For many years NDN and our affiliate the New Policy Institute has worked to make sure that the extraordinary demographic transition underweigh in the US today both better understood and for it to play out with the least amount of social strife possible. Which was what drove us this year to not only aggressively champion comprehensive immigration reform and the nomination of Sonio Sotomayor to the Supreme Court, advocate for closer Hemispheric ties and relations with our Latin neighbors, produce the reports cited above, but to also lead the successful campaigns to get CNN to drop Lou Dobbs and to defeat the pernicious Vitter-Bennett amendment in the US Senate which would have done so much to disrupt the census next year.
In looking back at our work these last few years I think this work - helping ease and enable the extraordinary demographic transition underway in the US - has been our most important and lasting contribution to the national political debate. I am grateful for all the support the NDN community has given us - the whole NDN team - to lead on these basket of issues which have often been hard and sometimes not well understood. But led we have, with moral clarity and bull-headed conviction, and the I would like to believe that the nation is just a little better for it.
But the battles ahead may be our most important yet. Get ready my friends.
Update - Here is the redistricting report cited above.
On Tue, lunchtime, NDN is co-hosting an event with America's Voice,"How Latinos Are Shaping Census 2010 and Reapportionment. At the event we will be releasing a major new report with a lots of information about US Hispanic population growth and how it is effecting American politics.
To learn more, get the coordinates for watching live, or to RSVP visit here.
With debate over the recent vote in Congress on the State Children's Health Insurance Program (SCHIP) largely turning into a debate on immigration, we present much of NDN's key work on comprehensive immigration reform, the changing demographic realities of 21st century America and Hispanic electoral trends.
As noted by Dan, NDN's narrative has been shaping analysis of the election, not only in the U.S., but in Mexico and elsewhere. The newspaper of largest circulation in Mexico (along with Reforma), El Universal, has followed NDN's analysis of the Hispanic vote in this election. In June, Alejandro Meneses published a piece on NDN's findings, contained in Hispanics Rising, and on Andres's analysis of the role of immigration in this election. In September, Jaime Hernandez wrote about the candidates' courtship of Hispanics and noted Simon's point that "John McCain gave in to the right wing of his party and abandoned support of his own [immigration] legislation." Jaime also cited our analysis and projections in late October. Finally, WilbertTorreenviadoof El Universal, and Mauricio Ferrer of La Jornada(another major national newspaper) have both published NDN's preliminary analysis of the Hispanic Vote and reported our narrative of Obama's new 21st century coalition and the new generation of politics that has been born with this campaign.
Actually, McCain's message on immigration is not mixed at all- since 2006 he's been consistently against immigration reform. The first and second ads focus on misrepresenting Obama's position on immigration, but at no time do they state McCain's position - much less go as far as saying that McCain supports immigration reform. Instead, since the GOP now recognizes that Hispanics respond negatively to these anti-Hispanic attacks, they created the same kind of degrading ad except this time they (inaccurately)attribute the comments about Mexico and immigrants to Barack Obama.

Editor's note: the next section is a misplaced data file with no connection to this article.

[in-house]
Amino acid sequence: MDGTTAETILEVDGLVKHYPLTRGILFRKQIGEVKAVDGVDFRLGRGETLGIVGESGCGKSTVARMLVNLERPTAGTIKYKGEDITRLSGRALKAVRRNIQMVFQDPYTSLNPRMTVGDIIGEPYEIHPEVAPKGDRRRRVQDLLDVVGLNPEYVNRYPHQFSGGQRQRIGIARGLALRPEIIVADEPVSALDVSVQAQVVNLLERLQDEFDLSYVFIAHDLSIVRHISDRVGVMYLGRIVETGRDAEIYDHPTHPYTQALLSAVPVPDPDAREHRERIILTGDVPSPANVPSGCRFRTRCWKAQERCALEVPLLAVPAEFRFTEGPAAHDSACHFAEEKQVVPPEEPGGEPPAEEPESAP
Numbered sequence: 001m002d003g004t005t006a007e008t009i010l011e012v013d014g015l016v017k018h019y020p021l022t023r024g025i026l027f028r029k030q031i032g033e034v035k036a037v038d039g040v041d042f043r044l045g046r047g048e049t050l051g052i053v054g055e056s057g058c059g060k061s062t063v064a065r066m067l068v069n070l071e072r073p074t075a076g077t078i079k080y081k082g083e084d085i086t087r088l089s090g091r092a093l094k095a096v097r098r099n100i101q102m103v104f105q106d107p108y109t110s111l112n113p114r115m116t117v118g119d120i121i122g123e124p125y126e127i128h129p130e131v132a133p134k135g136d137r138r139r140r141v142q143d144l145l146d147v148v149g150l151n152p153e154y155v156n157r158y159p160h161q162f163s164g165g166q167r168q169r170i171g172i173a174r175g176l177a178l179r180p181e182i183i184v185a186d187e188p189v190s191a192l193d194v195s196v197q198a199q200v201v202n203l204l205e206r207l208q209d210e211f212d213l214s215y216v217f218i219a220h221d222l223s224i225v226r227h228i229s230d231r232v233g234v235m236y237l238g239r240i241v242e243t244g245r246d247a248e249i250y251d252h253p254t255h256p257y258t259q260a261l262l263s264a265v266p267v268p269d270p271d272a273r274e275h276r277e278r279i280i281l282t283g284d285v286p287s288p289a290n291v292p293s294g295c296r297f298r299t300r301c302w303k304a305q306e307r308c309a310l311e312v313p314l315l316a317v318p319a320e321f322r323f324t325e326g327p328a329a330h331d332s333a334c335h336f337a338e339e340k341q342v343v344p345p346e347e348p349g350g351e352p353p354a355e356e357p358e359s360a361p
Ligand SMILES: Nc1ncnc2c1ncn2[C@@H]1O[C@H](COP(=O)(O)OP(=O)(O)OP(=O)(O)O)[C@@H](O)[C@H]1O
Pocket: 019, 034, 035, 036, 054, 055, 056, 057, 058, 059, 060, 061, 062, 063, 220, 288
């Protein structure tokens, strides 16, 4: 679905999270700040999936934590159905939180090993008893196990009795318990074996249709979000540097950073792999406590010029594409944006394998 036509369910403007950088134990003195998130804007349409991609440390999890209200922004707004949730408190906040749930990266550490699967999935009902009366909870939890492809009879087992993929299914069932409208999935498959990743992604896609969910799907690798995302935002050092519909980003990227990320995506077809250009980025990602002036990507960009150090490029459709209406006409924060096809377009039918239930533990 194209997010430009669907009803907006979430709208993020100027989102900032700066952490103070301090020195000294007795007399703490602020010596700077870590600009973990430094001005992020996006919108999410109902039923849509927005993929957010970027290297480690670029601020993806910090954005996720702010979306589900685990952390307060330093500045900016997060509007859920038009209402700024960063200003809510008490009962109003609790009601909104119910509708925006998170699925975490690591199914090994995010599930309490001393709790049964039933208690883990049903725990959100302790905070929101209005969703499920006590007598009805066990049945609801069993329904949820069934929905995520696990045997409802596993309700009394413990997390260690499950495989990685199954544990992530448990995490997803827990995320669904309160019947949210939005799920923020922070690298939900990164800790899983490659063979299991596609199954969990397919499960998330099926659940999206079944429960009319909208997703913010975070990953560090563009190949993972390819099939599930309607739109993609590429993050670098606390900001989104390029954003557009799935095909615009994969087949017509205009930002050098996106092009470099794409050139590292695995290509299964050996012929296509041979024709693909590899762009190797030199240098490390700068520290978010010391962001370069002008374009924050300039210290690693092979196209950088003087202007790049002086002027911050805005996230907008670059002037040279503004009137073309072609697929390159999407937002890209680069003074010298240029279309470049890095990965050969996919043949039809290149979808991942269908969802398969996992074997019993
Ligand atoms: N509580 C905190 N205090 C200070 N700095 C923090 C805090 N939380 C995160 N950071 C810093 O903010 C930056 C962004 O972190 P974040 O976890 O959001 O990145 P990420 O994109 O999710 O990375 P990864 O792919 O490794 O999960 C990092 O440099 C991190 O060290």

So will McCain's attempt at making Obama seem anti-Hispanic work? Andres is right - it's not working. NDN and analysts across the board believe the large numbers of Hispanic voters in Colorado, New Mexico, Nevada and Floridacould be decisive in those swing states. Our latest polling in these states showed that Barack Obama is ahead of John McCain by at least 30 points among Hispanics in the Southwest, and specifically on the issue of immigration, Hispanics believe Barack Obama would do a better job than John McCain. Even in Florida, where the candidates were even among Hispanics (42%-42%), when asked about immigration, 42% of voters trusted Barack Obama to better handle the issue over 37% preferring John McCain. The largest difference was in Nevada, where 60% of Hispanics trusted Barack Obama more on the issue of immigration, while only 18% preferred John McCain.
And the latest ad makes no sense when put in context - on the one hand, the McCain campaign launches this ad to attempt to portray Obama as anti-immigrant, while on the other hand, they create another ad in Englishand Spanish that attacks Obama for allegedly voting against allowing people to own guns in order to defend themselves from these "criminal aliens" who are "crossing illegally into our country." So which is it?
For years, NDN has been a leader on Hispanic issues, including comprehensive immigration reform and analysis of Latino demographic and voting trends. In the last few months, NDN has set out to make the argument that Hispanic and immigrant voters have become a critical voting bloc in the United States and will play a pivotal role this fall and in all future elections. Our arguments went public in a big way in late May as we released Hispanics Rising II, an in-depth, updated look at Hispanic demographic and voting trends and the critical role that the Hispanic community is playing in U.S. politics. Below are some of the articles relevant to our argument as well as Andres's presentation at NCLR's Conference in San Diego last week:
"Older politicians will have to get beyond their ideological blinders to recognize the opportunity waiting for any candidate or political party that can embrace both halves of the Millennial era civic ethos paradox."